Chicken meat and egg shops 38.09%
Sewing shops 29.59%
The increase of licences issued to Japanese workers for the 10 years between 1927 and 1937 was 74 per cent. For Chinese workers, there was a 34.7 per cent increase. I supposed that what they wanted to say was that they were an economic threat. (However, the most important statistical numbers, such as amount of production, volume of business, and number of employees, etc., were not there. Of course, they did not refer to the trades Toyojin were not engaged in or the occupations Toyojin were banned from.) Some members in the Private Bill Committee were sympathetic toward city council, but because it was clearly an illegal abuse of power, they could not possibly agree to the draft and refused the amendment on November 23.
Seemingly plausible rumours were spread that Nikkei fishermen had special maps, much more detailed than those of Hakujin fishermen, or that Japanese Navy spies disguised as fishermen were snooping along the coast.
For Nikkei gill-net fishermen, things had been peaceful since 1929, but suddenly in April the boat puller’s licences (the so-called “partner’s licences”), which was related to their fishing operations, were reduced by 40 per cent. (Since then, licence reductions continued yearly, with the licence completely abolished by 1941.)
The proposal to cancel the gentleman’s agreement with Japan mentioned earlier was voted down in Parliament. The government, to prevent resubmission of the draft, appointed a board of review for illegal immigrants on March 14. The meetings were held in strict secrecy in various locations in BC, with testimonies and names coming by mail. (In Vancouver, the meeting was held on March 24, 1938, in the Immigration Hall.) The chairman was Dr. Hugh L. Keenleyside from the Department of External Affairs. The members were Mr. F.W. Taylor, district superintendent of immigration, and Inspector G.W. Fish from the RCMP.
At the same time, responding to a question in Parliament, the government announced that for eight years, from 1930 to 1937, they had sent back the following number of people to Japan as illegal immigrants.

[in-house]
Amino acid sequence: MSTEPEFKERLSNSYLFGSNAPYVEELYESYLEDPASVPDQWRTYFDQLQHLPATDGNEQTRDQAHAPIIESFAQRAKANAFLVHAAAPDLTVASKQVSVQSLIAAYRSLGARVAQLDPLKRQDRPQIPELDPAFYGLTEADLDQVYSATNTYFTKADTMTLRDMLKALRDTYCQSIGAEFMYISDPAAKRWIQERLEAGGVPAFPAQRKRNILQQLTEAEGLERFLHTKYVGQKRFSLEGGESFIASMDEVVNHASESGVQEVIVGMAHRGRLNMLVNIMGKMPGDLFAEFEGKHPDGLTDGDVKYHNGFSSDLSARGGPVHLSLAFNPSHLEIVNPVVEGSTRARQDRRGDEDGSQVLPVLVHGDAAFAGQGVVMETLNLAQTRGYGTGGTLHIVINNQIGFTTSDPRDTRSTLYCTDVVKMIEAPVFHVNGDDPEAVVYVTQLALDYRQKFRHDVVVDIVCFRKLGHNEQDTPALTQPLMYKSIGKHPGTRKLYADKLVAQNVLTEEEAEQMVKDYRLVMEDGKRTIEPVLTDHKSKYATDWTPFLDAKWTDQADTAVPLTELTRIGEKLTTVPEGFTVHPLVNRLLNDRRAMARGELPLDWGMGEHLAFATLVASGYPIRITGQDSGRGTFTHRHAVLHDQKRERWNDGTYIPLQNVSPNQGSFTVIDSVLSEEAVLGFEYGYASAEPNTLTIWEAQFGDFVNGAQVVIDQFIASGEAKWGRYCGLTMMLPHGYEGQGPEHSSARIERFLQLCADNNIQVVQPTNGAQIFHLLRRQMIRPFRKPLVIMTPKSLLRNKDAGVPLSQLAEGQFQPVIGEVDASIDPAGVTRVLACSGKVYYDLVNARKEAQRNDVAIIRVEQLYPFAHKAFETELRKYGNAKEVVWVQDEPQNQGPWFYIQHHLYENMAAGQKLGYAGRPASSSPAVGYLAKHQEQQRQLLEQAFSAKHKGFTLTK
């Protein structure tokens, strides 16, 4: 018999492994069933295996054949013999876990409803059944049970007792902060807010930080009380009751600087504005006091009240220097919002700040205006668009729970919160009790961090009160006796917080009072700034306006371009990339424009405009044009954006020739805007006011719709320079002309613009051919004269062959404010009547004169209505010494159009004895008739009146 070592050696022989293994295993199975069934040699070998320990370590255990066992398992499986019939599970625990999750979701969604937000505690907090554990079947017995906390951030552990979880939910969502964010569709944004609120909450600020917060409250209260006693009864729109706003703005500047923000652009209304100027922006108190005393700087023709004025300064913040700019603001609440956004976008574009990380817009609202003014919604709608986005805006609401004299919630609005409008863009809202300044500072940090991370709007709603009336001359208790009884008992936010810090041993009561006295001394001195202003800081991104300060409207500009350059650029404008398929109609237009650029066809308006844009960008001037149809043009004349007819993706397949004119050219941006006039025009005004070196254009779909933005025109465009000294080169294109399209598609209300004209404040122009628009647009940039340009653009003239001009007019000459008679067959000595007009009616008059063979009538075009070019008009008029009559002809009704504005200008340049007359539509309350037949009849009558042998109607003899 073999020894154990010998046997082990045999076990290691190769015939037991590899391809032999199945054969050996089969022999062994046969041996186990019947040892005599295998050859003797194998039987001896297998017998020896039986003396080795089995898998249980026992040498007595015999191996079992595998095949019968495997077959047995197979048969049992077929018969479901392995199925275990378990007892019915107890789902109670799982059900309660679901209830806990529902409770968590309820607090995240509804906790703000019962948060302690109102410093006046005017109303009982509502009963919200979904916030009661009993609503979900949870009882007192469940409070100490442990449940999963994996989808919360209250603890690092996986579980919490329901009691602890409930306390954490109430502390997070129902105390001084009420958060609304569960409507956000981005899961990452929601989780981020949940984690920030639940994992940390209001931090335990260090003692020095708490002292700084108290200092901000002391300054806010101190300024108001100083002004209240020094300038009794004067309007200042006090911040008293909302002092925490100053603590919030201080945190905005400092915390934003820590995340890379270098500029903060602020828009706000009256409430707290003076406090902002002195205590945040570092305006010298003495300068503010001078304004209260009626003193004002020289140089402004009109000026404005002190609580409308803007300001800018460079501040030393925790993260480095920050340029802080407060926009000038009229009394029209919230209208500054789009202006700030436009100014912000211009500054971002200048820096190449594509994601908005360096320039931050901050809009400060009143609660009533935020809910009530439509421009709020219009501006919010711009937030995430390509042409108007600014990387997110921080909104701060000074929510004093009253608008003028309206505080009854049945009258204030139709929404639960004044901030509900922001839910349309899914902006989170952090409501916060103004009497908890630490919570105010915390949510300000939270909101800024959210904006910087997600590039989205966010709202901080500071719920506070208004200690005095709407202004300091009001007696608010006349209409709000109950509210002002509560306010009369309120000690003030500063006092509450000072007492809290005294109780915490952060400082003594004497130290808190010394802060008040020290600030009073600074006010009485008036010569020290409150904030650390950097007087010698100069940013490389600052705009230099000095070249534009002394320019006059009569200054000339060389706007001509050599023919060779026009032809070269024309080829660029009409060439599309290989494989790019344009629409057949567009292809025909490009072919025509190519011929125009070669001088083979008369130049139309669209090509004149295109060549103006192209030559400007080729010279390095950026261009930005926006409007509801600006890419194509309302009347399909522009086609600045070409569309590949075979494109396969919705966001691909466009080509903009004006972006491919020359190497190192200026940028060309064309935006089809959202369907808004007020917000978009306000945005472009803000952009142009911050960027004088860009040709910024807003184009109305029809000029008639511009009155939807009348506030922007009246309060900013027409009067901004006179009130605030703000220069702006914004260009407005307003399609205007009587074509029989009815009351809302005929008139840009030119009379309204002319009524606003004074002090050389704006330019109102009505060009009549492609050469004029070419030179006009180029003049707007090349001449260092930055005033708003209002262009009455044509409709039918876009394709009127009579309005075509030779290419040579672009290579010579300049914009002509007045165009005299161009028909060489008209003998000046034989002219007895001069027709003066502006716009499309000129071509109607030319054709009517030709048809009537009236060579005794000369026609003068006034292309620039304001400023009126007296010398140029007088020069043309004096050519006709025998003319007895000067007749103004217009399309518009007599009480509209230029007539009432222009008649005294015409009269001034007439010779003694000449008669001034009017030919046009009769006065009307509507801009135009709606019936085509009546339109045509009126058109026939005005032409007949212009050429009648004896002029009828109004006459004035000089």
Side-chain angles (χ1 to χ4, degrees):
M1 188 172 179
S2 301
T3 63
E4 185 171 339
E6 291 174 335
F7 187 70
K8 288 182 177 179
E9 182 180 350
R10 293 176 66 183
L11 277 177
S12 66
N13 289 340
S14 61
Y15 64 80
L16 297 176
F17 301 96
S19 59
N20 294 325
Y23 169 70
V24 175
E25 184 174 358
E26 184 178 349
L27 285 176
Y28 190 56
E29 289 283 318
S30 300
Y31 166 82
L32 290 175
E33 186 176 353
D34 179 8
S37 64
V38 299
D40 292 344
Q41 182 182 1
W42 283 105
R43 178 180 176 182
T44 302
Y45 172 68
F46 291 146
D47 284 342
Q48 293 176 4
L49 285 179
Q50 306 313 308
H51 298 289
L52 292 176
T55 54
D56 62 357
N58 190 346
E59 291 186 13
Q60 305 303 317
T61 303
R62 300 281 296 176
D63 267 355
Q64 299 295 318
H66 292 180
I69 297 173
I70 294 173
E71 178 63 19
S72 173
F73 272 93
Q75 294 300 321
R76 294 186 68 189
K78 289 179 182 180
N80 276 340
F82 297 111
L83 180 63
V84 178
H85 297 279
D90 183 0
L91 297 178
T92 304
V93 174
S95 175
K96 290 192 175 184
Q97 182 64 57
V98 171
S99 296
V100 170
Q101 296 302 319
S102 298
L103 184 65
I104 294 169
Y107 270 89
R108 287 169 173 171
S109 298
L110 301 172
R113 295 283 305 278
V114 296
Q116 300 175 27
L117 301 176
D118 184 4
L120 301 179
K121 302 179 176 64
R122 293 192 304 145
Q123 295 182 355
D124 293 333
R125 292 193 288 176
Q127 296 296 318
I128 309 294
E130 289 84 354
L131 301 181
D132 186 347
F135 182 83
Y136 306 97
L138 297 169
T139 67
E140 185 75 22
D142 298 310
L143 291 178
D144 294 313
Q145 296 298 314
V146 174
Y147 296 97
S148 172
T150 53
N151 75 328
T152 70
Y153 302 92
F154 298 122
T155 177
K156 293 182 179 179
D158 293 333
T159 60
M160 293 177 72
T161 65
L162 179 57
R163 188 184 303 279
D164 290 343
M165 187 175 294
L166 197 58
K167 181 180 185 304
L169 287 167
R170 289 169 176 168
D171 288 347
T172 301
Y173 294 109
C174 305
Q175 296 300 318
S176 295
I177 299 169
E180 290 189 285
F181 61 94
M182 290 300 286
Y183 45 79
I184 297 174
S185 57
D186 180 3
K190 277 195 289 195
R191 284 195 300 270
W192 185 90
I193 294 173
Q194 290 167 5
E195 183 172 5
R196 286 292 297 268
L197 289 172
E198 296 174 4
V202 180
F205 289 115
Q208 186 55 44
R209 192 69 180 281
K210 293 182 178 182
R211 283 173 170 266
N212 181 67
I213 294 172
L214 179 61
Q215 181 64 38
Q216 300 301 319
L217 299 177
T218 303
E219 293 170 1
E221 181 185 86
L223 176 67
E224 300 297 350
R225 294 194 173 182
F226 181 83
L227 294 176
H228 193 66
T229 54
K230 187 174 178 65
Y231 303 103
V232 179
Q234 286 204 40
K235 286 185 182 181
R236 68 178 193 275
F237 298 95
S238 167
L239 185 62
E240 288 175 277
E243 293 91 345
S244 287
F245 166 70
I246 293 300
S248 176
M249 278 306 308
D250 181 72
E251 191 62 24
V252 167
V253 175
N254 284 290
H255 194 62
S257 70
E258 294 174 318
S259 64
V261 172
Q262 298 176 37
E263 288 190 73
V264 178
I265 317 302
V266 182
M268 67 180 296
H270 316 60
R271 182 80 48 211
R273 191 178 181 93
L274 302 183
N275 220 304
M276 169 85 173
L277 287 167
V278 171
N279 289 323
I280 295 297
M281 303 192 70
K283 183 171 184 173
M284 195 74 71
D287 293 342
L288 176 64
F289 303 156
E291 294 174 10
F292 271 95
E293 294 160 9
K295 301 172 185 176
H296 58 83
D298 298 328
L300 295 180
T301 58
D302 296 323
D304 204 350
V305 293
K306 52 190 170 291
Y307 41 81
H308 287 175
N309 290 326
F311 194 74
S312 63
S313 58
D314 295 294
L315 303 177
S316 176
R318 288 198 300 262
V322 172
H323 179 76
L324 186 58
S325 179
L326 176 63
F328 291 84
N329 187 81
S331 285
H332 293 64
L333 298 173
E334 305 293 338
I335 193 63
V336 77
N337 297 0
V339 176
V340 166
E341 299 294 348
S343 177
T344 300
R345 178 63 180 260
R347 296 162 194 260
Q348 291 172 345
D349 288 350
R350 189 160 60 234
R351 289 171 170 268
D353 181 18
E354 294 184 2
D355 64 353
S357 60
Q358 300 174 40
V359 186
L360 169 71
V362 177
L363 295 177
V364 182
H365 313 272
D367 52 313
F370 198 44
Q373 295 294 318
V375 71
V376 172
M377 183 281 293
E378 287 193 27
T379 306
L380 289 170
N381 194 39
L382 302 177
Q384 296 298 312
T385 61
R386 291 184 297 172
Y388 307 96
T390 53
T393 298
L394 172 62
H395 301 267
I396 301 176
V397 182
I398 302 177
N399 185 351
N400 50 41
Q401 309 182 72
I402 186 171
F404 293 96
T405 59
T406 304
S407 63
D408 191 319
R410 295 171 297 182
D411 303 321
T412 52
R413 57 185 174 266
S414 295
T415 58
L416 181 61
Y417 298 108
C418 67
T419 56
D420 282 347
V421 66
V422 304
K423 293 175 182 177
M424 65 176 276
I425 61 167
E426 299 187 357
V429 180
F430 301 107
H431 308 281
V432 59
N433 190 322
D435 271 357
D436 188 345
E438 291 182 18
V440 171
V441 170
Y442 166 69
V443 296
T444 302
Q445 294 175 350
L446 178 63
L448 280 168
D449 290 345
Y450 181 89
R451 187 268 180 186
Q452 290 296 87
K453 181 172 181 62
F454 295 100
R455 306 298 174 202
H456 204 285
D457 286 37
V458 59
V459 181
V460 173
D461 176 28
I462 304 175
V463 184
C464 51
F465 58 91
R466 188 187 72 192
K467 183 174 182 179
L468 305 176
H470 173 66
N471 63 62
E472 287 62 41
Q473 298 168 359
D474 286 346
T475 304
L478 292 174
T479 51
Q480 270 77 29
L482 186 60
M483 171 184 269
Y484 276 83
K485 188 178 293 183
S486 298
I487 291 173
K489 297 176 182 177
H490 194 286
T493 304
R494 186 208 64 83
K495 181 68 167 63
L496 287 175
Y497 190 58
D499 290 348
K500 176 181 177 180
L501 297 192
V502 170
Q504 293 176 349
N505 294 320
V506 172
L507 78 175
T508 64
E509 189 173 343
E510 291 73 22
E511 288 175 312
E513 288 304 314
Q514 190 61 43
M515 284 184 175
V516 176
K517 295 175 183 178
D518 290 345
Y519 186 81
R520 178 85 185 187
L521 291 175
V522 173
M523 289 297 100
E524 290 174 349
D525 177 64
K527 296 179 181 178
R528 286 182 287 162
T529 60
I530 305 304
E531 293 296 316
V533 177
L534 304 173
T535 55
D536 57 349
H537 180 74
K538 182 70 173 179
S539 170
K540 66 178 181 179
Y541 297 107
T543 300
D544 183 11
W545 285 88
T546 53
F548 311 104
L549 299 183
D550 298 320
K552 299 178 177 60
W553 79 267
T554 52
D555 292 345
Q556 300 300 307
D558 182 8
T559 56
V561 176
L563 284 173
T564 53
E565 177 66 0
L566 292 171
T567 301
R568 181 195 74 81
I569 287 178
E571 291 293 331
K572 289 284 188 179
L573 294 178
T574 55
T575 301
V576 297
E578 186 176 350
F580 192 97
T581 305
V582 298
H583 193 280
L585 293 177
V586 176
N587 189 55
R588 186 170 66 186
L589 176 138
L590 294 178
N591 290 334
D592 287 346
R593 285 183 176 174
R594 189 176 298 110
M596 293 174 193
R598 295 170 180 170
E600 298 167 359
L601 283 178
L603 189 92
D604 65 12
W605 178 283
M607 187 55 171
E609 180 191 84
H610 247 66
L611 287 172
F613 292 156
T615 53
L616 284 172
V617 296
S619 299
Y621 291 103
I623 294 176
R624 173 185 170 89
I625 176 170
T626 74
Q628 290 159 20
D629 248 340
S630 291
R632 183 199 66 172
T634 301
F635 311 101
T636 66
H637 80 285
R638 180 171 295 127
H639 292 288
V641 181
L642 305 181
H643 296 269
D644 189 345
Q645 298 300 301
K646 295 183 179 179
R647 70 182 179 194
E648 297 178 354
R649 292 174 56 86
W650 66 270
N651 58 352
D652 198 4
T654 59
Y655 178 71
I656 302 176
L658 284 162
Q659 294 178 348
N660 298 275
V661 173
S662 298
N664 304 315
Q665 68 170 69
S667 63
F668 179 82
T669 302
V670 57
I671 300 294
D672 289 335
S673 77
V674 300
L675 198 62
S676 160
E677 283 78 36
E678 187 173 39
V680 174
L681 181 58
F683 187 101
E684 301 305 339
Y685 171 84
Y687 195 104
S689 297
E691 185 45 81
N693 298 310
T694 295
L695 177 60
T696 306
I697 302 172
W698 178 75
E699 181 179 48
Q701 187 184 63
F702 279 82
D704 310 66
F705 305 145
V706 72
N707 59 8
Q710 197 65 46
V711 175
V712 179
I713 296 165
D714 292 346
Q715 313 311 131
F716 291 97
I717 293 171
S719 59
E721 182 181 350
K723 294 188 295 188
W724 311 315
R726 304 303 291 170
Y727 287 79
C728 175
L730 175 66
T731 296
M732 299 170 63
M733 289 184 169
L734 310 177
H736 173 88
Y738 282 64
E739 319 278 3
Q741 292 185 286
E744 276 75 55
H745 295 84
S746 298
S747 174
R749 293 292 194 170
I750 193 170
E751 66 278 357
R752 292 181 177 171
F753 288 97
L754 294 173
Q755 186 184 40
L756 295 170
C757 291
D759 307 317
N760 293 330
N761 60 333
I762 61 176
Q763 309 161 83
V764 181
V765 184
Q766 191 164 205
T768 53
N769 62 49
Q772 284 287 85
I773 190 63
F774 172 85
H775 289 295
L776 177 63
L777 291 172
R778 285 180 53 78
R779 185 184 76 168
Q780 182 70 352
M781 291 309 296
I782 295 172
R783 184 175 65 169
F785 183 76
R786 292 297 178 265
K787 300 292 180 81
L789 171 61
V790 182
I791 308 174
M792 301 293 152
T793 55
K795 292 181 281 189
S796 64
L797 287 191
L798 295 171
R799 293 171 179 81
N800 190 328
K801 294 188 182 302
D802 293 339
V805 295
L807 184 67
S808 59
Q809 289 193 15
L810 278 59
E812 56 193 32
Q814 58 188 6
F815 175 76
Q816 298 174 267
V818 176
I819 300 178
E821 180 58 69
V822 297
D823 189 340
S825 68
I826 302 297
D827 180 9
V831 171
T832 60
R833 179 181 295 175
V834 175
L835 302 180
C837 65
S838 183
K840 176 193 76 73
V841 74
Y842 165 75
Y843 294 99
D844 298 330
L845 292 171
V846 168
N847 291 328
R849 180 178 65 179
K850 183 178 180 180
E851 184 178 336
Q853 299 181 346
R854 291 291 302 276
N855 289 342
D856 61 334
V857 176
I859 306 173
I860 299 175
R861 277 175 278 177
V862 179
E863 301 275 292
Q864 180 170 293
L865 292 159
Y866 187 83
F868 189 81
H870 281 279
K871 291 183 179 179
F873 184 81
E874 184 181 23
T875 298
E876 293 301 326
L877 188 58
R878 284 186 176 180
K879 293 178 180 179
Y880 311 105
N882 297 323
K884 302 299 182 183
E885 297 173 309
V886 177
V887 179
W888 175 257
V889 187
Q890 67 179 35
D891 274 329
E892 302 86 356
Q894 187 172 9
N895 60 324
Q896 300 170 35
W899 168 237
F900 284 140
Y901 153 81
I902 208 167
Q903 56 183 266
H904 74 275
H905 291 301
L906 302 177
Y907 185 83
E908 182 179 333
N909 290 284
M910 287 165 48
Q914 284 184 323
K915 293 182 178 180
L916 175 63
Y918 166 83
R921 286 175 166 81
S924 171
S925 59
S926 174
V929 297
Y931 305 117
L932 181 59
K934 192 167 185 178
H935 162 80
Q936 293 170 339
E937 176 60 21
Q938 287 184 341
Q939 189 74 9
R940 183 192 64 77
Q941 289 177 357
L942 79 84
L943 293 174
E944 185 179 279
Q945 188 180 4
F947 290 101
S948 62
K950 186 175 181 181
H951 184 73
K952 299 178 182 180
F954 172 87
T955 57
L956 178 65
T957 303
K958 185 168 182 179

- 4 people
- 7 people
- 59 people
- 26 people
- 17 people
- 10 people
- 13 people
- 9 people
In late December, a Nisei pioneer expressed his opinion that Nikkei people were congregated only along the west coast and somehow that put us in a disadvantaged position. He thought it desirable that we spread ourselves across Canada. Some of those who were professional anti-Nikkei campaigners abused this remark and started the propaganda, “See, the Japanese are planning to take over the entire economy of Canada.”
Board of Review Report on Illegal Entry
In the middle of January1939, the board of review on illegal immigrants presented in its report to Parliament that the number of people who testified or reported illegal entry was unexpectedly small.
The following was an example of investigative results from about 100 Nikkei people.
Voluntary return 6 people
Sent home 23 people
Residential permit 4 people
Legal entry 36 people
False report 10 people
Residence unknown 21 people
Total 100 people
Besides this report, the results of an investigation by the Department of Immigration and the RCMP were included. According to this result, before 1932 there were about 3,000 illegal entries in total. Among them, about 1,500 cases were related to interpreters at the immigration office, and the other 1,500 were reported by other sources, including people who had run away from their boats. The breakdown was as follows.
Sent home 161 people
Residential permits 47 people
Voluntarily returned to Japan, afraid of arrest 2,300people
Residence unknown 400 people
Total 3,000 people
There were very few illegal entries after 1932, and the report concluded that the number of illegal entries were miniscule. There was no evidence of the mass illegal entries they were being accused of. Even though the results of various investigations proved them innocent, persistent anti-Nikkei propaganda continued.
A member of the BC Parliament submitted a written query:
“There is a rumour that under the supervision of the Japanese Navy, installations for hidden oil tanks are being dug somewhere in the Queen Charlotte Islands. I wonder if the government has investigated this rumour or not, if so, I ask the government to announce the result.” (This question was a friendly one, intended to stop the spread of irresponsible rumours.) Of course, the rumour was a false one, misinterpreting a trial mining dig. After that, there were people who spread the false rumour of a massive illegal entry operation based in the Queen Charlotte Islands.
A newspaper reported in late April that an alderman, who would be a candidate in the next election for the provincial Parliament, insisted on stopping Nikkei people from penetrating the fishing industry and again took up the issue of business licences with the city as if it were a huge problem. He came up with a set of unbelievable licence ratios and insisted that his intention was to maintain a high standard of living for Hakujin citizens, not to persecute Toyojin based on racial prejudice.